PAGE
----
To Memorize or Not To Memorize

I went to see a performance of an actor performing a straight scripture presentation.  He was a good performer and commanded the stage well.  But after a while I found my  mind drifting. When he finished reciting scripture, he told a story about his own life and totally drew me in.  He was so much more interesting to listen to when he just shared his story than when he was quoting from a book of the Bible.

I left feeling conflicted.  I actually felt a bit of guilt at having lost interest during the presentation of scripture.  I mean, this was God’s Word after all! I also pondered why I found his story more compelling than his actual performance.  My conclusions:

  • When he was reciting scripture he sounded “memorized.” And while I am an advocate for memorized lines, I don’t like it when a performer sounds memorized. Memorized lines, be they in a play, scripture, speech or sermon, should sound natural and conversational. To the audience it needs to sound like you are saying these words for the very first time. (For a great example of an actor performing scripture and sounding natural check out my associate Steve Wilent in According to John.)

    Steve Wilent in According to John
  • When he told his story, it felt spontaneous and authentic. I didn’t get the feeling it was a script. Since it was his story, he knew it well so there was no danger of not knowing what to say next (as in a forgotten line). I cared more about what he had to say because it was more personal.

In my previous blog I addressed memorization from an actor’s perspective. Actors must memorize lines word for word in a script.  But what if you are speaking or giving a sermon? Does that text need to be memorized?

The answer…. it depends.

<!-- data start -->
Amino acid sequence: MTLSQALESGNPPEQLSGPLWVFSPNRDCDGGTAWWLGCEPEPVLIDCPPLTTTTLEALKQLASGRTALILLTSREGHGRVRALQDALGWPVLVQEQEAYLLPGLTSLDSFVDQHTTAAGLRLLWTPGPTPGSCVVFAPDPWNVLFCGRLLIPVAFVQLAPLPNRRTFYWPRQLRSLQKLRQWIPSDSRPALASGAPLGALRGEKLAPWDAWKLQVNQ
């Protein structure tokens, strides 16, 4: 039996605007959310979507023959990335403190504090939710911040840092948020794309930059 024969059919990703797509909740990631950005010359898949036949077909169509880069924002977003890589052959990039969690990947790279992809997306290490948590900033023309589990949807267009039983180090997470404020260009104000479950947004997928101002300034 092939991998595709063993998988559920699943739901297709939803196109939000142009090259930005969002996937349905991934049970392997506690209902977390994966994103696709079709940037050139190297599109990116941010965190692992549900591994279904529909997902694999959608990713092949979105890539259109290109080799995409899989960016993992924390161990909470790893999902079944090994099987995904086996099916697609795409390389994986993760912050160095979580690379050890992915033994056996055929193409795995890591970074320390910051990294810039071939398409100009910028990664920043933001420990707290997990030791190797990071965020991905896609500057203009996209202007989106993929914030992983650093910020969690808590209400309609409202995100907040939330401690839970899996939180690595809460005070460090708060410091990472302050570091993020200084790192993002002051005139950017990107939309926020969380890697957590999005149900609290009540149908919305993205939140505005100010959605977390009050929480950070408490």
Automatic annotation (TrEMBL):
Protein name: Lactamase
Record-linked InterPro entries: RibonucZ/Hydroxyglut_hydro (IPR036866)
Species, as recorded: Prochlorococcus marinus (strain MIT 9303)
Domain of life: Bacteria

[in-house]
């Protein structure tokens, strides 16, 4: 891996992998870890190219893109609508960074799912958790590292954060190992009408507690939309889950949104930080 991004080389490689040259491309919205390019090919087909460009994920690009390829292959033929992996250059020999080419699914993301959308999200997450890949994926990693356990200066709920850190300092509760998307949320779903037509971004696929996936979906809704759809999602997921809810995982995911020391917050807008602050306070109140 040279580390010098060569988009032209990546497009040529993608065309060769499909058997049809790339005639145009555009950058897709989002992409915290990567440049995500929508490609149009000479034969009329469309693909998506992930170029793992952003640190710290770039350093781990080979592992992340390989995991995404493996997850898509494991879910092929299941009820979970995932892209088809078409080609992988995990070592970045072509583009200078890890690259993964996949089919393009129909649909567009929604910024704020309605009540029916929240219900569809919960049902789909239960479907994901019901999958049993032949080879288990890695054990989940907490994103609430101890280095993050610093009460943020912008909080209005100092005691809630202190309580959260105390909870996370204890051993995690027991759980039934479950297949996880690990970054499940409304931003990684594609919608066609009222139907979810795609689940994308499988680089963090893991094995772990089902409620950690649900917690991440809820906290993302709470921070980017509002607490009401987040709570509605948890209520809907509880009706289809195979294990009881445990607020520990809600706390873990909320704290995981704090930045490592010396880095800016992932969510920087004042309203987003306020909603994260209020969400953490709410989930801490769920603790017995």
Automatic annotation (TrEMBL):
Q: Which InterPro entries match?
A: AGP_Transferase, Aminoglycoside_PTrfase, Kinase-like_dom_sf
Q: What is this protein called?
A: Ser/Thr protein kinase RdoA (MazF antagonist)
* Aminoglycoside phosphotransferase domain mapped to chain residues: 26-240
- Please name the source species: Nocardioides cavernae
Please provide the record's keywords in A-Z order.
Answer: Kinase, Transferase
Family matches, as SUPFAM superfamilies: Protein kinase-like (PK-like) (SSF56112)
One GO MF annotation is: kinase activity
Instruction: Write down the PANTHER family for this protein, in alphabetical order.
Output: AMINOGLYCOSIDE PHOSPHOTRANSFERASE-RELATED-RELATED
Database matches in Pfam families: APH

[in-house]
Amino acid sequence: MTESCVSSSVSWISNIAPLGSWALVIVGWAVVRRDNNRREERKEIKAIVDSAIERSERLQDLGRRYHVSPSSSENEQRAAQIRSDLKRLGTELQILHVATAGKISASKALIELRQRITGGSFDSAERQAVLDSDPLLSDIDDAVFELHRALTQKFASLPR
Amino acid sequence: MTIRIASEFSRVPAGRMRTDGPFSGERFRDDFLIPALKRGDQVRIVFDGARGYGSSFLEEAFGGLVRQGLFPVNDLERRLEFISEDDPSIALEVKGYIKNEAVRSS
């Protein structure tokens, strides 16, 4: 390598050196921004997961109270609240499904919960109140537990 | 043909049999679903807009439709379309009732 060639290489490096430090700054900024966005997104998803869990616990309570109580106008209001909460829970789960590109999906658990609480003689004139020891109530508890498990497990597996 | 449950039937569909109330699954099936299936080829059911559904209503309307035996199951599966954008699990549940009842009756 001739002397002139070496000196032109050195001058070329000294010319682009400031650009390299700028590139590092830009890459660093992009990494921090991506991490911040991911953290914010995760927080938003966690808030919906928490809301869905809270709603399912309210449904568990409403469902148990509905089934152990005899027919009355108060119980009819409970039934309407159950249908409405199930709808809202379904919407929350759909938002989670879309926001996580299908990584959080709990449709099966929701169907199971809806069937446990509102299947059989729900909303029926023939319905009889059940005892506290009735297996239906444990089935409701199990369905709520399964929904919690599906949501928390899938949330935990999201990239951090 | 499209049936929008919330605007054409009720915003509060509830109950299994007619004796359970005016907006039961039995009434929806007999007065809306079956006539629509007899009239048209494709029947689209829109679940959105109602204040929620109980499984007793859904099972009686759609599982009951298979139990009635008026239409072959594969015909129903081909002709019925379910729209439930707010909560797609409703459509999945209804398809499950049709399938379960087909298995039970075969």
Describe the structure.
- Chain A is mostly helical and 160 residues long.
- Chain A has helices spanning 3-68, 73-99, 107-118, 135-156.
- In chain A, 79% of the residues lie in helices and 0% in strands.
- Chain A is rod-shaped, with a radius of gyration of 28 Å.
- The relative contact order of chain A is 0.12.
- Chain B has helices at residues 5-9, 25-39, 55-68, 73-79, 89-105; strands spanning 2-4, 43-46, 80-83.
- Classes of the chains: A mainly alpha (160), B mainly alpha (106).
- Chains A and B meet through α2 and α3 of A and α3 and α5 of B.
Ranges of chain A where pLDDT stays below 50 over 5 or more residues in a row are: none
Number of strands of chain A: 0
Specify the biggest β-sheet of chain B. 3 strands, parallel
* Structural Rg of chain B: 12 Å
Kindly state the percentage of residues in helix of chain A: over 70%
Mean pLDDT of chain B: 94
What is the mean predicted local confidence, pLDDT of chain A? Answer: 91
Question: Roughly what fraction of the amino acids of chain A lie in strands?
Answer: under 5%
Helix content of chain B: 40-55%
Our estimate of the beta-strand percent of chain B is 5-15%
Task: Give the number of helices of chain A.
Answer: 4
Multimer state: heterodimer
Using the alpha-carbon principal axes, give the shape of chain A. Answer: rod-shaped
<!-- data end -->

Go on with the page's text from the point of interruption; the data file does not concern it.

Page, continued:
If you are a speaker who is giving the same, or mostly the same, speech or sermon to different groups on a speaking circuit, you will probably want to memorize it.  Truth is, you probably have memorized it… maybe even without trying.  You will work with the text and wind up saying the same thing over and over again.  This can actually be a very good thing… providing you don’t start to sound memorized! You will also learn and tweak your presentation as you gain experience. You learn, for example, that phrasing a sentence a certain way gets a better response (a laugh, applause, or stunned silence).

But what about those of you who are pastors coming up with a new sermon every week? While a few of you may actually memorize the sermon, most of you don’t. My hat’s off to you who come up with new material week after week.  The challenge before you is to present your material in a compelling way. Since you are not memorized by rote, there is not much danger of your sounding memorized.  But neither do we want to see you simply read to us with your focus on your notes instead of your audience.  It is important that, while you may not be memorized, you need to really know your material. So in a sense some of the rote memorization techniques of reading the material over and over again can certainly be of benefit.

I am always impressed with those pastors who can deliver a powerful sermon without notes!  I chatted with one of them recently about how he does it.  As a storyteller, it was no big surprise that much of the technique he employed involved translating the text into story. Much of the memory technique involved linking images to the text and thus allowing the pastor to be note-free and greatly enhance his ability to connect with the audience.  This video helps to explain the memory system he uses:

Actors, comedians, and professional speakers all know the value of rehearsal.  In talking to pastors I find that many of them also rehearse their sermons, and… many of them don’t.  I can usually tell the difference.  I know you are busy people, but  I encourage you to find the time to rehearse your sermons.  In our increasingly entertainment-oriented culture, with our increasingly shorter attention spans, your challenge is to hold our attention.  To do that effectively takes practice!